While markets have begun the year on a rollicking note, investors remain understandably wary of investing in 2023. Bank failures now dominate the headlines, following in the wake of recession warnings and concerns over rate hikes. Then there’s growing speculation over a dramatic strengthening or weakening of the US dollar—not to mention the debt ceiling showdown on Capitol Hill.
If the past several years have taught us anything, it’s that no one can precisely predict what will happen this year. However, a sober assessment of the risks can help investors prepare for the shocks that these or other scenarios may bring to bear. Keep in mind, these are just some of the “known” risks of investing in 2023. Of course, other unknown challenges may arise, too. Either way, a clear-eyed appraisal of the landscape can help point the way for optimal portfolio positioning (the subject of our related blog).
The Risk of Recession
The most hotly debated risk of investing in 2023—and perhaps the most widely anticipated—is that of a US recession. Consider that the median economic forecaster surveyed by The Wall Street Journal in February estimated a 65% chance of an economic downturn in the next 12 months.
Where do we stand? For several quarters, our economics team has viewed a potential US recession as both elevated and increasingly likely. That said, strong economic data so far this year contributed to a slight decline in our latest forecasts, though recent bank stresses may cause us to revisit that in the coming weeks as we get more visibility into the likely fallout (Display).
Ultimately, an economic contraction resulting in a mild recession and a decline in earnings for US companies remains our base case. Yet uncertainty abounds in both directions, with something resembling a “soft landing”—or, alternatively, a deeper, more traditional contraction —both in the mix. Overall, we’d assign a combined 70% chance to our mild and moderate recession scenarios.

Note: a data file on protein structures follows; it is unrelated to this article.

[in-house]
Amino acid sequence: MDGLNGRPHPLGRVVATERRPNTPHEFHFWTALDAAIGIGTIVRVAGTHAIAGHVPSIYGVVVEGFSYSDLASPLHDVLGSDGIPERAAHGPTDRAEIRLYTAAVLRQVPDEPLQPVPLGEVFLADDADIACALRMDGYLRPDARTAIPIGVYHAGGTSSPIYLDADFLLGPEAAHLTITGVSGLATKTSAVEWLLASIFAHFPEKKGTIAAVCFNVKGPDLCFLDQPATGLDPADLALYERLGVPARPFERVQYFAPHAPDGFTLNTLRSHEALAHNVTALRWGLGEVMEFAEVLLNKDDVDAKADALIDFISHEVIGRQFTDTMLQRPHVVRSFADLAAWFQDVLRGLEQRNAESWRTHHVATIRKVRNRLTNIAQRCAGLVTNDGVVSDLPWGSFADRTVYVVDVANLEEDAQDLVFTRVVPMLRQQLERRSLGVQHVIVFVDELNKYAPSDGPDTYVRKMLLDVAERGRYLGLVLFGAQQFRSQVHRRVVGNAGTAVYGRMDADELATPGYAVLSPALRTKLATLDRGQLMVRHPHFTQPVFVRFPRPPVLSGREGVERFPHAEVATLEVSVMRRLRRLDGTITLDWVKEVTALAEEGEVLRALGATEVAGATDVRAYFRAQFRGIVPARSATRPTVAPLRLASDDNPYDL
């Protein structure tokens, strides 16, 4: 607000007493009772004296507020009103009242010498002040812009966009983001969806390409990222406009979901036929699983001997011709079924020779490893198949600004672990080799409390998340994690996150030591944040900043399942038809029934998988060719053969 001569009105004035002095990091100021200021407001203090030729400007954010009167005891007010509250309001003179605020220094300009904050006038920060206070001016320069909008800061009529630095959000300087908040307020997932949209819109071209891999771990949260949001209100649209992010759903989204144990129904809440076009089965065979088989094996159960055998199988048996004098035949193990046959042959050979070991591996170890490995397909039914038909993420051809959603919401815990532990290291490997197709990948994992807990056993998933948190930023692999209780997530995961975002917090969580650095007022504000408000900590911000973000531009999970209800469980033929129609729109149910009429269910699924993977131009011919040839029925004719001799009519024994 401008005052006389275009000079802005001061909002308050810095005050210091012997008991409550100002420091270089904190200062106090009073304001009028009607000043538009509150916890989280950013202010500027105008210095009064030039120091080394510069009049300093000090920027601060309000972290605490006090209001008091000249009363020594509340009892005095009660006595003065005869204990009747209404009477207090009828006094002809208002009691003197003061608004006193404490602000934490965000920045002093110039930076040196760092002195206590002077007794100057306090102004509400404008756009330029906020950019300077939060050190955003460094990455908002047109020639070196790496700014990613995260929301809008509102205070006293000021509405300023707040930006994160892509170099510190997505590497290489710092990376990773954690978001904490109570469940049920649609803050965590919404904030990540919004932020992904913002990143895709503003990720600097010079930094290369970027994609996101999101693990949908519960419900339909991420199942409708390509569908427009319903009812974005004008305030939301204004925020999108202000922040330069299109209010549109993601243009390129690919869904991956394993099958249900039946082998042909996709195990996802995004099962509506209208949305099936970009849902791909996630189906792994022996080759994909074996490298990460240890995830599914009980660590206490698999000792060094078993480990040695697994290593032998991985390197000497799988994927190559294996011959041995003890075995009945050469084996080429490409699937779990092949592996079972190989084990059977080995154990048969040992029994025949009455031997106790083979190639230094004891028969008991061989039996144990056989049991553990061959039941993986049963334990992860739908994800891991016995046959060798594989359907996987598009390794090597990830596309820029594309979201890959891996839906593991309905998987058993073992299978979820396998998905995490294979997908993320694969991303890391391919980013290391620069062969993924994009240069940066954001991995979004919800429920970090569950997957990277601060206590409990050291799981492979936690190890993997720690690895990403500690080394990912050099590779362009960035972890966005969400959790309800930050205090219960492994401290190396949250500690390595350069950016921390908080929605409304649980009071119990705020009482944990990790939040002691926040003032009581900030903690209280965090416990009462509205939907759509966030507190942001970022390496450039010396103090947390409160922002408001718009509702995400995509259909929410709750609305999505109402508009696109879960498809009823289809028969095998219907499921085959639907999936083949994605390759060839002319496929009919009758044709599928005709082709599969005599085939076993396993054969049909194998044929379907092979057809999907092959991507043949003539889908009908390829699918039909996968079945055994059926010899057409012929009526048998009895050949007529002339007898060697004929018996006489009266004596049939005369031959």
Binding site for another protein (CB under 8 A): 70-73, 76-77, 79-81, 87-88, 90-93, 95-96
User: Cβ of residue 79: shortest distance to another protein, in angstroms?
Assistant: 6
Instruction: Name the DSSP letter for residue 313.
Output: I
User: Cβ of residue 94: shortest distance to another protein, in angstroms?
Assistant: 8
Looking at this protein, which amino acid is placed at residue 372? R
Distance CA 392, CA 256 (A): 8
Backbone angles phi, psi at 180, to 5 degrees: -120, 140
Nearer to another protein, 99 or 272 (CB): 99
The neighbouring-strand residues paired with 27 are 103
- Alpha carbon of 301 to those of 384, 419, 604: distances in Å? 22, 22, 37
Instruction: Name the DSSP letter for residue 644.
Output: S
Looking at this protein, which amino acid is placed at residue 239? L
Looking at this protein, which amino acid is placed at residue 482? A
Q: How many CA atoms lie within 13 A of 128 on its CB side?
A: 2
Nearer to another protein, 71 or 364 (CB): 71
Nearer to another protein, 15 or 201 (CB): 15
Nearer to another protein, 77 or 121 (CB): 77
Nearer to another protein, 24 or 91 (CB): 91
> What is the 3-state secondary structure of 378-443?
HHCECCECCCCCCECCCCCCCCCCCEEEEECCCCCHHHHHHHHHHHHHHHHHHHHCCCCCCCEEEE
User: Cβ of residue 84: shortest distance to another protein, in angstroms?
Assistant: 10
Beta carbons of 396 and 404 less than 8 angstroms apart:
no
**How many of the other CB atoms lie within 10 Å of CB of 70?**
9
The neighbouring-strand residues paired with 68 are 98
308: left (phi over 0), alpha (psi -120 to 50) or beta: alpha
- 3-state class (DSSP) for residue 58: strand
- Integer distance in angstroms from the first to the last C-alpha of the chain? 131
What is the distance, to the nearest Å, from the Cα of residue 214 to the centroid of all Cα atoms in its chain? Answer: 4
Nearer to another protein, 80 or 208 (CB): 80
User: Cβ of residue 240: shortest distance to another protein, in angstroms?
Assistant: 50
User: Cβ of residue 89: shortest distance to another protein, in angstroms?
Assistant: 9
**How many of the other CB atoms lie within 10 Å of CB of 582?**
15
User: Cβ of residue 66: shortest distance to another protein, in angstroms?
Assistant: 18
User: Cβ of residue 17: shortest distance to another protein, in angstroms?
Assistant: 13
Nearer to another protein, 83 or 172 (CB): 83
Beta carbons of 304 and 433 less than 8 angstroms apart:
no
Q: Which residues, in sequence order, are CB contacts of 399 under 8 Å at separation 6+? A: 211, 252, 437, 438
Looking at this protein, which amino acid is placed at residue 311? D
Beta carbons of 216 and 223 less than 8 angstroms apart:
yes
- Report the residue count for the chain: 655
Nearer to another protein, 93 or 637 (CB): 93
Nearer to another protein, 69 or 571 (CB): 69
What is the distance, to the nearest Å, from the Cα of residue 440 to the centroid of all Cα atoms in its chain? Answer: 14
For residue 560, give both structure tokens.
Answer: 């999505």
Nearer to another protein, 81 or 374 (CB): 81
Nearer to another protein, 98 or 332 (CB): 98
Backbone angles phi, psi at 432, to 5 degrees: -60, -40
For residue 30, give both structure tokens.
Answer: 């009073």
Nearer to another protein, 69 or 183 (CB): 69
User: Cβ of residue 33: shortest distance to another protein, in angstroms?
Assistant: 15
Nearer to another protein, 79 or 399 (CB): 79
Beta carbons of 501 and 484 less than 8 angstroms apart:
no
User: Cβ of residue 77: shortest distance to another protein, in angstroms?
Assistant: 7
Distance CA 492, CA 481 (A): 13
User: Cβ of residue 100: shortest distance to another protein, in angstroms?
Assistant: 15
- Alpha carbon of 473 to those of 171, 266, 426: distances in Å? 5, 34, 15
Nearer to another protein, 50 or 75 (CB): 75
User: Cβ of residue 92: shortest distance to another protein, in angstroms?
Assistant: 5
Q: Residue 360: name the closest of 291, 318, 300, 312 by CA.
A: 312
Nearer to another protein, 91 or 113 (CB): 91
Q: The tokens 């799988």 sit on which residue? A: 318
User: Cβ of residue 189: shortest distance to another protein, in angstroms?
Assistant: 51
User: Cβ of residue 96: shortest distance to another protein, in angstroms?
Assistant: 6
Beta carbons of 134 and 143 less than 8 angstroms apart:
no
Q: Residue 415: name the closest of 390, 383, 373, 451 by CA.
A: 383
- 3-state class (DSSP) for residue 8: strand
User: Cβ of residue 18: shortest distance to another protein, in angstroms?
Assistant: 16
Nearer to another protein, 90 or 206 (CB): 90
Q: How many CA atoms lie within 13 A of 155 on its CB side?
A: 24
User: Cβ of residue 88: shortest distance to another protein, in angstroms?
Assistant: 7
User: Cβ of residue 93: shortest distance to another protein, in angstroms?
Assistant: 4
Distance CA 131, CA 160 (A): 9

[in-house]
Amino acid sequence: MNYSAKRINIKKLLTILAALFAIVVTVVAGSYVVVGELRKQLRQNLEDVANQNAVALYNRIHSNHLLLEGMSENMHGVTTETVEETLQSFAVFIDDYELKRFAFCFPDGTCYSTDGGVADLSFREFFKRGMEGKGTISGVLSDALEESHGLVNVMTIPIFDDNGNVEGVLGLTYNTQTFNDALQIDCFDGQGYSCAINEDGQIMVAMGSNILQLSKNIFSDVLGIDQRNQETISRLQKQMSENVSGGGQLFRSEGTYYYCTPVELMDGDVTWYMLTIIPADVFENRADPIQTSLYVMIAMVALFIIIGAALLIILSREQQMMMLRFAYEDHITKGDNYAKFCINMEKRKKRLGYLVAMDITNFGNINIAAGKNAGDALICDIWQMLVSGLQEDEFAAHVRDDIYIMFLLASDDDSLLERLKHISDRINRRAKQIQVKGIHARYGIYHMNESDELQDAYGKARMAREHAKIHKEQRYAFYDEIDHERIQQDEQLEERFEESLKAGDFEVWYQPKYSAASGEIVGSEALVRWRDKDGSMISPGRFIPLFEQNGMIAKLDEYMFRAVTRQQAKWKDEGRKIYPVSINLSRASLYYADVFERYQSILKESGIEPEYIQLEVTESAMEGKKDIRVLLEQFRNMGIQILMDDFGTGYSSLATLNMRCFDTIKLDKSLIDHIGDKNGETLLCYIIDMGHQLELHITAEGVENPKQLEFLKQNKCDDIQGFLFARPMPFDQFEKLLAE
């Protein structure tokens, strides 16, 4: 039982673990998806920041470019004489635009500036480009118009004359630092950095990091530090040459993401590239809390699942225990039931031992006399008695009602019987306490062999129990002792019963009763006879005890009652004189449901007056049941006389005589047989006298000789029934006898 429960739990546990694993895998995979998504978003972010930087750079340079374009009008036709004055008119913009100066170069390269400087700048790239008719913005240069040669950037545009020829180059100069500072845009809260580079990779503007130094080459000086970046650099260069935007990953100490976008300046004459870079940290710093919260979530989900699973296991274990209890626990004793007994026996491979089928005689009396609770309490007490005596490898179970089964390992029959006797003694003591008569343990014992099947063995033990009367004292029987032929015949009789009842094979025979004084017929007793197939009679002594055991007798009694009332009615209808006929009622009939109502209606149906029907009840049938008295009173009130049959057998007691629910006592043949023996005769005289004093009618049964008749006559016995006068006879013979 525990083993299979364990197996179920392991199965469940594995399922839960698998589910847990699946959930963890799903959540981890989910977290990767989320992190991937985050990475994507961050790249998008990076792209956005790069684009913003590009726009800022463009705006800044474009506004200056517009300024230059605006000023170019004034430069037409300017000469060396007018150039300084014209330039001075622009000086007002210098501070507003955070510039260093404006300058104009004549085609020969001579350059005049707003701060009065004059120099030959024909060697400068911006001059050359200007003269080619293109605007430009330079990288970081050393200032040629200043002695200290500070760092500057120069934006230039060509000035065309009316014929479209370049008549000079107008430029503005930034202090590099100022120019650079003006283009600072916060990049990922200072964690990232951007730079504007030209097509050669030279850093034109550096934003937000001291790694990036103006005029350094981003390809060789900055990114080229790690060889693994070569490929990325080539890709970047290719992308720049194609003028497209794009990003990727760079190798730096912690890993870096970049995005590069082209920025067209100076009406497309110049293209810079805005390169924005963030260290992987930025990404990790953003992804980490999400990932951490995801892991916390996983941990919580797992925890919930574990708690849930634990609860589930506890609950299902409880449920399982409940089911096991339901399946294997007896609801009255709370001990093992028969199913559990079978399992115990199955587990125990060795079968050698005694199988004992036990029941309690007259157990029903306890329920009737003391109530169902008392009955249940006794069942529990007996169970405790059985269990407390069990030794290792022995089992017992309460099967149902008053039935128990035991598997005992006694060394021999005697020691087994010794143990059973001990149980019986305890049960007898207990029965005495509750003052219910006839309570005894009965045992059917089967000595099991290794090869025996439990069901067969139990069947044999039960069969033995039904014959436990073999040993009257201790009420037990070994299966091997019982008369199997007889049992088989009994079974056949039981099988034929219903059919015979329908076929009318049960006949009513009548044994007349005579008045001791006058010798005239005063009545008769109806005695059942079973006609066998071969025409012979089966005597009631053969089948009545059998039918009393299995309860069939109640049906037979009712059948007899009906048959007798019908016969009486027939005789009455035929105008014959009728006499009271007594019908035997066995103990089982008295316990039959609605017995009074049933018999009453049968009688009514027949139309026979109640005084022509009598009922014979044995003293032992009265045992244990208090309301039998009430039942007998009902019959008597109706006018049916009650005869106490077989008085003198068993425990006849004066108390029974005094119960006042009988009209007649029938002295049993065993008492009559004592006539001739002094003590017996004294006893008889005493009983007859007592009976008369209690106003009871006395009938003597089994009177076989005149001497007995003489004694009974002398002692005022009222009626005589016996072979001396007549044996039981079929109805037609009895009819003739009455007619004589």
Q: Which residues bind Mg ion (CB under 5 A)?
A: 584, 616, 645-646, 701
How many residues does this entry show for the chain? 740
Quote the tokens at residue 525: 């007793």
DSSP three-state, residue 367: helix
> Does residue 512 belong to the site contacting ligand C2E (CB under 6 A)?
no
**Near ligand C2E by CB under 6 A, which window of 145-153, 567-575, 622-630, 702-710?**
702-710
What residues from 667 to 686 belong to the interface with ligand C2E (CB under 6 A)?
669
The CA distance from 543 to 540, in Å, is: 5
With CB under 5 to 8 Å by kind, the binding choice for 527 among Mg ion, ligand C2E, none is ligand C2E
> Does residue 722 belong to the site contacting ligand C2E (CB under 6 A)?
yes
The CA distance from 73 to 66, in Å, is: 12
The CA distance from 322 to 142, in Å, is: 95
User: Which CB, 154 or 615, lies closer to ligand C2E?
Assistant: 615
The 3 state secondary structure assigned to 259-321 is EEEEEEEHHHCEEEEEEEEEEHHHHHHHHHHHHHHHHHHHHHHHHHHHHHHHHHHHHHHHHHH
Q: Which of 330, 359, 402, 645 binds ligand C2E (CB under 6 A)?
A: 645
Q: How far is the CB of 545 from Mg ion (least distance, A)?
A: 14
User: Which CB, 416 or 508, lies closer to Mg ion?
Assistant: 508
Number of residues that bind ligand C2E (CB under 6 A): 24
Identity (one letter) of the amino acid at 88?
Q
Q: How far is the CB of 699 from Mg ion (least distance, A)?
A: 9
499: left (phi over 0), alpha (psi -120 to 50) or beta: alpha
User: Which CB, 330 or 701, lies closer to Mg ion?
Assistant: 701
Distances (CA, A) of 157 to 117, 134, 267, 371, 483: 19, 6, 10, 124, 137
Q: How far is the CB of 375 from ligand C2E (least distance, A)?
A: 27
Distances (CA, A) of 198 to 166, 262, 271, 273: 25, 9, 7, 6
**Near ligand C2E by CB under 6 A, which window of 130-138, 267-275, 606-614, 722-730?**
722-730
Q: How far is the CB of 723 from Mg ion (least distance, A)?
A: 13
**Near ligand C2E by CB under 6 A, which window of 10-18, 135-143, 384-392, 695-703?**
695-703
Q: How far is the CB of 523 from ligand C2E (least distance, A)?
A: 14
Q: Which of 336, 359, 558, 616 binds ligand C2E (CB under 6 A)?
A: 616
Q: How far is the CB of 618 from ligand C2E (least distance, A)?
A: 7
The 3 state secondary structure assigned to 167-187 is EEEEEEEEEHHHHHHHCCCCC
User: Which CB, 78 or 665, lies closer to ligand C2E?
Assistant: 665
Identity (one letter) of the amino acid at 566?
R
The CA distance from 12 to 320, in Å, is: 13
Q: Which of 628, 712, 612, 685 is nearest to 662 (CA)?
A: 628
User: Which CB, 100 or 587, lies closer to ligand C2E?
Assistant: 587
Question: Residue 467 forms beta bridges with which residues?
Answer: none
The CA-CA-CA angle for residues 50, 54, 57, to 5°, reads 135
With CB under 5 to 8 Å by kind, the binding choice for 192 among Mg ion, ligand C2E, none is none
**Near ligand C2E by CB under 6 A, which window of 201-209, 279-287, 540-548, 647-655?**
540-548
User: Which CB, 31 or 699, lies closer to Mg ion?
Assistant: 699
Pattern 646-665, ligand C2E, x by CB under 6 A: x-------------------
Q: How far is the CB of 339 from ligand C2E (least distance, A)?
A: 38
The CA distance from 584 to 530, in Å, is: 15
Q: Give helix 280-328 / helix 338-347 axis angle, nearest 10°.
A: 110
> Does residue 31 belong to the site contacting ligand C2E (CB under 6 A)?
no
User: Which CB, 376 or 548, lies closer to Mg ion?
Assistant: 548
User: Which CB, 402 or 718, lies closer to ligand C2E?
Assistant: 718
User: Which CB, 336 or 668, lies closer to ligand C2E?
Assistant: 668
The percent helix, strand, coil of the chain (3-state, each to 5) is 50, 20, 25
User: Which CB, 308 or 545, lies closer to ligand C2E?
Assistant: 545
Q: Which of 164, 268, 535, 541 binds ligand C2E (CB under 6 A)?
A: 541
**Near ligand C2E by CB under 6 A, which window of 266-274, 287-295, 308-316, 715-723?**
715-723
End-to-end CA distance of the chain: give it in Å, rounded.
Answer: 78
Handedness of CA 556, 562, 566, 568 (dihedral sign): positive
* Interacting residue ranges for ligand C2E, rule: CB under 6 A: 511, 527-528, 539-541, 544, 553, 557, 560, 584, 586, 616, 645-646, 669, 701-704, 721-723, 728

In such a data-dependent environment, we continue to monitor several metrics for more clarity. For instance, we’ve been watching the interplay between monthly consumer inflation data and Federal Reserve policy, along with recent bank stresses. We also parse what the Fed is saying for any changes that may be telegraphed. In recent months, we’ve grown increasingly attuned to the labor market, particularly the monthly employment report and weekly jobless claims. Given the Fed’s concerted effort to slow wage growth, the efficacy of their policy response—and its potential impact on both GDP and corporate earnings—should start to show up in those data points before it flows through the rest of the economy.
Will the Rates Shock Continue?
Interest rates are the second risk we’re eyeing, especially since 2022’s massive leap caught so many investors by surprise. Coming into the year, the market priced in around 75 b.p. of hikes. Yet in the end, the Fed raised by 425 b.p.—one of the steepest hiking cycles on record in such a short period. The obvious culprit? Inflation, which proved more durable than expected as it shifted from goods to services and Russia’s invasion of Ukraine added more fuel to the fire.
Fast forward to 2023, and the Fed is closer to reaching its peak rate for the cycle. Coming into the year, the market was already pricing in rate cuts over fall and winter 2023, while the Fed disagreed (Display). They’ve signaled their intention to keep rates elevated for an extended period. Following strong economic data to start the year but also the failures of several sizable banks in March, there’s now even more uncertainty about the Fed’s hiking path than there already was.
Moving ahead, we’ll continue to weigh the Fed’s projections against market expectations, as there is often wisdom in crowds. In the end, the final proof can be found through constricting or loosening financial conditions. We’ll be keeping a close eye on these to see if they are working for or against the Fed’s best laid plans.
Bank Failures—The Newest Risk